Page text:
Brad Smith, president and vice chair at Microsoft, waded into the ethical AI debate, presenting a blueprint for governing the technology which argues humans should remain in control of systems and deployment of safeguards in cases where it is used for critical infrastructure.
Smith wrote in a blog post that AI, in many ways, offers more potential for the good of humanity than any invention that has preceded it, but added there is a need to “think early on and in a clear-eyed way about the problems that could lie ahead”, pointing to how social media had become both a weapon and a tool.
“As technology moves forward, it’s just as important to ensure proper control over AI as it is to pursue its benefits.”
Microsoft is establishing itself as one of the pacesetters in the generative AI arms race, after it invested a major sum in developer OpenAI to integrate the ChatGPT platform into a number of its products.
Smith said the company is committed and determined to develop and deploy AI in a safe and responsible way, but added the guardrails needed require a “broadly-shared sense of responsibility and should not be left to technology companies alone”.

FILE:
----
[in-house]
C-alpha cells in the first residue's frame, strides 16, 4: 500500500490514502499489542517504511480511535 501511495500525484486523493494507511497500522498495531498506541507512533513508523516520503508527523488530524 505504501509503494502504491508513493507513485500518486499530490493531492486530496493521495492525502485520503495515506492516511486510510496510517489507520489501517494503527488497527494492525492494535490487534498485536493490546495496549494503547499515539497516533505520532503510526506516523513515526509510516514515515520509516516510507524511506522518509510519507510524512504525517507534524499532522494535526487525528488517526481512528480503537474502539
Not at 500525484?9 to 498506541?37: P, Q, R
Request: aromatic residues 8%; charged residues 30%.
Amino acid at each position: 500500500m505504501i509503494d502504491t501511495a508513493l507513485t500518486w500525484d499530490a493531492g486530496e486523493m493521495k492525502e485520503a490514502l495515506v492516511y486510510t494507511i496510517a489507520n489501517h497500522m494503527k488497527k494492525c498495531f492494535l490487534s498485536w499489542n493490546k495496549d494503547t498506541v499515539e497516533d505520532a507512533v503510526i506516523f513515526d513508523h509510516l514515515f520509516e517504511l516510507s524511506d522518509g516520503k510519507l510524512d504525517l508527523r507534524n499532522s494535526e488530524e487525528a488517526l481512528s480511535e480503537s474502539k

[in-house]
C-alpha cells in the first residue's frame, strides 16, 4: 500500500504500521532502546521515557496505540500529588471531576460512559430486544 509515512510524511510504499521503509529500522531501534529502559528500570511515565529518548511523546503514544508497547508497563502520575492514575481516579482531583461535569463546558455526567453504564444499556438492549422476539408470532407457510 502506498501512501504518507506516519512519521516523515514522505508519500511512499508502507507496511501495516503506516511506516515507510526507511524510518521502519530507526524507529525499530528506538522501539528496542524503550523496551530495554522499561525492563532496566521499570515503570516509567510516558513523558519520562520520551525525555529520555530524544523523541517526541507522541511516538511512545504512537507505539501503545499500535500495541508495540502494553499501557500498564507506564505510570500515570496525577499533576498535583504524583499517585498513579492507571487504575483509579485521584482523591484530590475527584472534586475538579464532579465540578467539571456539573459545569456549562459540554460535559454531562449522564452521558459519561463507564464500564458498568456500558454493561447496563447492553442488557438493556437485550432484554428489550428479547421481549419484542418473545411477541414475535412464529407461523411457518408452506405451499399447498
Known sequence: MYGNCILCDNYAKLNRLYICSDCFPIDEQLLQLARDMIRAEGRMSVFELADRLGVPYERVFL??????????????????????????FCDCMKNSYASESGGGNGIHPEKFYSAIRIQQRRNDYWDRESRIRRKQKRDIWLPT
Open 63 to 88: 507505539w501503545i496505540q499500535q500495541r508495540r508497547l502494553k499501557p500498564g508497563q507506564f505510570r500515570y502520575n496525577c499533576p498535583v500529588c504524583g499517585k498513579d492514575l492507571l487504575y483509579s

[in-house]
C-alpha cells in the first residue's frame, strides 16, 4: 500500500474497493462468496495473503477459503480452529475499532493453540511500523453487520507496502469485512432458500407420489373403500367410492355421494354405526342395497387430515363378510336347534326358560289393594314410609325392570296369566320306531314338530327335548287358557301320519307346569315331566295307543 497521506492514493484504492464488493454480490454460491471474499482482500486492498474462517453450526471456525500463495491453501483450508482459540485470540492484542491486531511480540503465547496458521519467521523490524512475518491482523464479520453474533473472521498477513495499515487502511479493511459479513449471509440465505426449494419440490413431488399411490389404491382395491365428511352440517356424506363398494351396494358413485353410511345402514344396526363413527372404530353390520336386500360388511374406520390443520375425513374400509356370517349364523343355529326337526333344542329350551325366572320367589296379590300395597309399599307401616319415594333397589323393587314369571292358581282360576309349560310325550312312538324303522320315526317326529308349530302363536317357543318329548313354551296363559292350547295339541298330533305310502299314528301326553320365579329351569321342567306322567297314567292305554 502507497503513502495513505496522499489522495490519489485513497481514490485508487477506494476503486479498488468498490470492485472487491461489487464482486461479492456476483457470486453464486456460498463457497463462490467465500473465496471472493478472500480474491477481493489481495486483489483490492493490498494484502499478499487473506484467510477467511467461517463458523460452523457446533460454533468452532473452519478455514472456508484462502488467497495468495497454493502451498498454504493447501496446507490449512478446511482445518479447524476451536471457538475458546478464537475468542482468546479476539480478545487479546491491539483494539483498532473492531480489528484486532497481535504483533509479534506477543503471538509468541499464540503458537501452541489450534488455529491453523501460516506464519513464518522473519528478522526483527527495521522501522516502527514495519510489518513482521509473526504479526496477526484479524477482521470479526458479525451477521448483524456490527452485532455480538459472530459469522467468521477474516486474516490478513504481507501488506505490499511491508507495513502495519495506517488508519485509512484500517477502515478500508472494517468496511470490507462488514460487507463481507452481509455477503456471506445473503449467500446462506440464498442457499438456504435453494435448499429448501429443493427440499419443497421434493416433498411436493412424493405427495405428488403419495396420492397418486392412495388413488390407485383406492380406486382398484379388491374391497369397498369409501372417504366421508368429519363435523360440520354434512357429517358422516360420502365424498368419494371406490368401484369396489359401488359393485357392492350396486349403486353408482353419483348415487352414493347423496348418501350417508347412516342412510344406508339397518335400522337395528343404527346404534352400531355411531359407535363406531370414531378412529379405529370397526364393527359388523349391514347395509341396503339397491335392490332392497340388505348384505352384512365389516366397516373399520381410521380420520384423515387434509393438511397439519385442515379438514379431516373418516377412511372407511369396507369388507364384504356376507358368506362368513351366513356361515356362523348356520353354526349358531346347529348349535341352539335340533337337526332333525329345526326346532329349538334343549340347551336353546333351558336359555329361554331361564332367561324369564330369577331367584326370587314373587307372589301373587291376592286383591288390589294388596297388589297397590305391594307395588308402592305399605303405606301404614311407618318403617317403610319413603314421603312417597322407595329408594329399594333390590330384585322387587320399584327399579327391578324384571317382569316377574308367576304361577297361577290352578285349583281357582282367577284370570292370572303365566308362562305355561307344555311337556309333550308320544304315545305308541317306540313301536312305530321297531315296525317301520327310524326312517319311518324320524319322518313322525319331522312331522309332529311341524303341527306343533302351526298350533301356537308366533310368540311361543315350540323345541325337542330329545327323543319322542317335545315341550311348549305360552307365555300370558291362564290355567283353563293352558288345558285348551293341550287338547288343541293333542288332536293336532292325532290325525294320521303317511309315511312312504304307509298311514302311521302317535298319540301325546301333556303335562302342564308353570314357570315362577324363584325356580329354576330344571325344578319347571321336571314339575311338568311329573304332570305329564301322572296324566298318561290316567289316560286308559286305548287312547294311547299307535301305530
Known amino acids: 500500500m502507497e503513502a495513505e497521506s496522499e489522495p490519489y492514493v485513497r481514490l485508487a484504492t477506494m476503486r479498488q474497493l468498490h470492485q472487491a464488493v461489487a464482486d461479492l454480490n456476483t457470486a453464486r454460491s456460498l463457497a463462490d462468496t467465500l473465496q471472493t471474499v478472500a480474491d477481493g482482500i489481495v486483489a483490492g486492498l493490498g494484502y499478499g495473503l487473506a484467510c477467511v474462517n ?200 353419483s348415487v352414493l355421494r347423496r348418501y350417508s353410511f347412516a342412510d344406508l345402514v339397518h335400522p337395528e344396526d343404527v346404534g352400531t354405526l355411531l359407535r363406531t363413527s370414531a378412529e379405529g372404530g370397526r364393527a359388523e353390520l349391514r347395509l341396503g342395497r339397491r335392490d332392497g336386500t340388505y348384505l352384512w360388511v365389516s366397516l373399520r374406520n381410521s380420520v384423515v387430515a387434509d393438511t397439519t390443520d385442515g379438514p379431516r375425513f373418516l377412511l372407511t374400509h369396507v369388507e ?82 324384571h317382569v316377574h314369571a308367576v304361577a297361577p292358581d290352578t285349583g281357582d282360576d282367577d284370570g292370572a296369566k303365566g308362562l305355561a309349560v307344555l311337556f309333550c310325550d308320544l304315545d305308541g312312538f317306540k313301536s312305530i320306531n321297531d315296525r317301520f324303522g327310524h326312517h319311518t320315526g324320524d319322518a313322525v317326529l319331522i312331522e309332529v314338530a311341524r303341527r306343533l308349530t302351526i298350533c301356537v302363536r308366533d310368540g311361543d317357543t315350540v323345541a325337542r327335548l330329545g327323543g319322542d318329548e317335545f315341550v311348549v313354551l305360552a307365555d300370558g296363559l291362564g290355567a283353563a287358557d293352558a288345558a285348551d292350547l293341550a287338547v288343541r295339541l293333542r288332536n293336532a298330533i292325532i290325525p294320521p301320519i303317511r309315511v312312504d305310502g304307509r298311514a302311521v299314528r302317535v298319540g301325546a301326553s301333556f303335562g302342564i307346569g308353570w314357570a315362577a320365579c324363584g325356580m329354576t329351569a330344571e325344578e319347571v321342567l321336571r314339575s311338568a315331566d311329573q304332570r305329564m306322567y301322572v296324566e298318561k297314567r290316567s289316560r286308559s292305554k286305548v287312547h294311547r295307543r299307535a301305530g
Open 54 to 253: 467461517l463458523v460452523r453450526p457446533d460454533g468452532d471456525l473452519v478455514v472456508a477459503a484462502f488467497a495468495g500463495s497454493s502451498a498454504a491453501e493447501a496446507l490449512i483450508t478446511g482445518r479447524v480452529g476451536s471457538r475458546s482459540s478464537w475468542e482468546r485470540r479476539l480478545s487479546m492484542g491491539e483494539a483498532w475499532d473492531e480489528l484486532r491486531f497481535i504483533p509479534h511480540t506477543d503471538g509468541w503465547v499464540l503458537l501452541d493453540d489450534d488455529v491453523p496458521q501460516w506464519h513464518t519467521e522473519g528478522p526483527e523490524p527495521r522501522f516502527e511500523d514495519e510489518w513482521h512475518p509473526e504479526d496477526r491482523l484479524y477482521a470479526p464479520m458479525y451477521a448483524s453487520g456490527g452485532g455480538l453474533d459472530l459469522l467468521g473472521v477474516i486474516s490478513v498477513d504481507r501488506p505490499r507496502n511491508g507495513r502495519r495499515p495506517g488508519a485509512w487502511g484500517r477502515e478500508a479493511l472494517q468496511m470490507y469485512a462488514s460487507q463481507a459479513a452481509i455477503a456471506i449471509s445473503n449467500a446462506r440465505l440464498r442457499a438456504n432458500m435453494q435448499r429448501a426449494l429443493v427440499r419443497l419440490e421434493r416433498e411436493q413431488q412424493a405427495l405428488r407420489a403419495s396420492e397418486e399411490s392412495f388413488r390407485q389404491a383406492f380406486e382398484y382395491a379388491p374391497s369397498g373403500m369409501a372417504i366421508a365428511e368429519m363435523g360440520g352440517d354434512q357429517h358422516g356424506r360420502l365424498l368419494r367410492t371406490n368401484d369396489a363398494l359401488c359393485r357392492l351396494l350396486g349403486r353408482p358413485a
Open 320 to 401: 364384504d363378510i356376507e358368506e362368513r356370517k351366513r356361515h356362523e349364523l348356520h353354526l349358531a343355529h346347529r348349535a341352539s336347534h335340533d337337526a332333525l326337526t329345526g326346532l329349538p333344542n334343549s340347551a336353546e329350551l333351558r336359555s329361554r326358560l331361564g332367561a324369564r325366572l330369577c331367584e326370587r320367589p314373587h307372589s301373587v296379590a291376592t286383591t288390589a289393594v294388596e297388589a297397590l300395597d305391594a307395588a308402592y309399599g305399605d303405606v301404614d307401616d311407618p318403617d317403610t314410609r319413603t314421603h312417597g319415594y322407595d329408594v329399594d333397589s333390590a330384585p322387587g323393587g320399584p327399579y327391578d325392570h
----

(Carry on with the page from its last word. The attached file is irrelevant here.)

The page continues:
Smith presented a five point plan premised on companies implementing and building-on new government-led AI safety frameworks, pointing to recent work completed in the US.
Secondly, there should be “safety breaks” for AI systems that control critical infrastructure, specifically when the technology could be used to control areas including electrical grids, water systems and city traffic flows, allowing for human intervention if required.
Smith also called for the development of a broader legal and regulatory framework based on technology architecture for AI; promoting transparency to ensure academic and public access to AI; and pursuing new public-private partnerships.
“We must always ensure that AI remains under human control. This must be a first-order priority for technology companies and governments alike,” he added.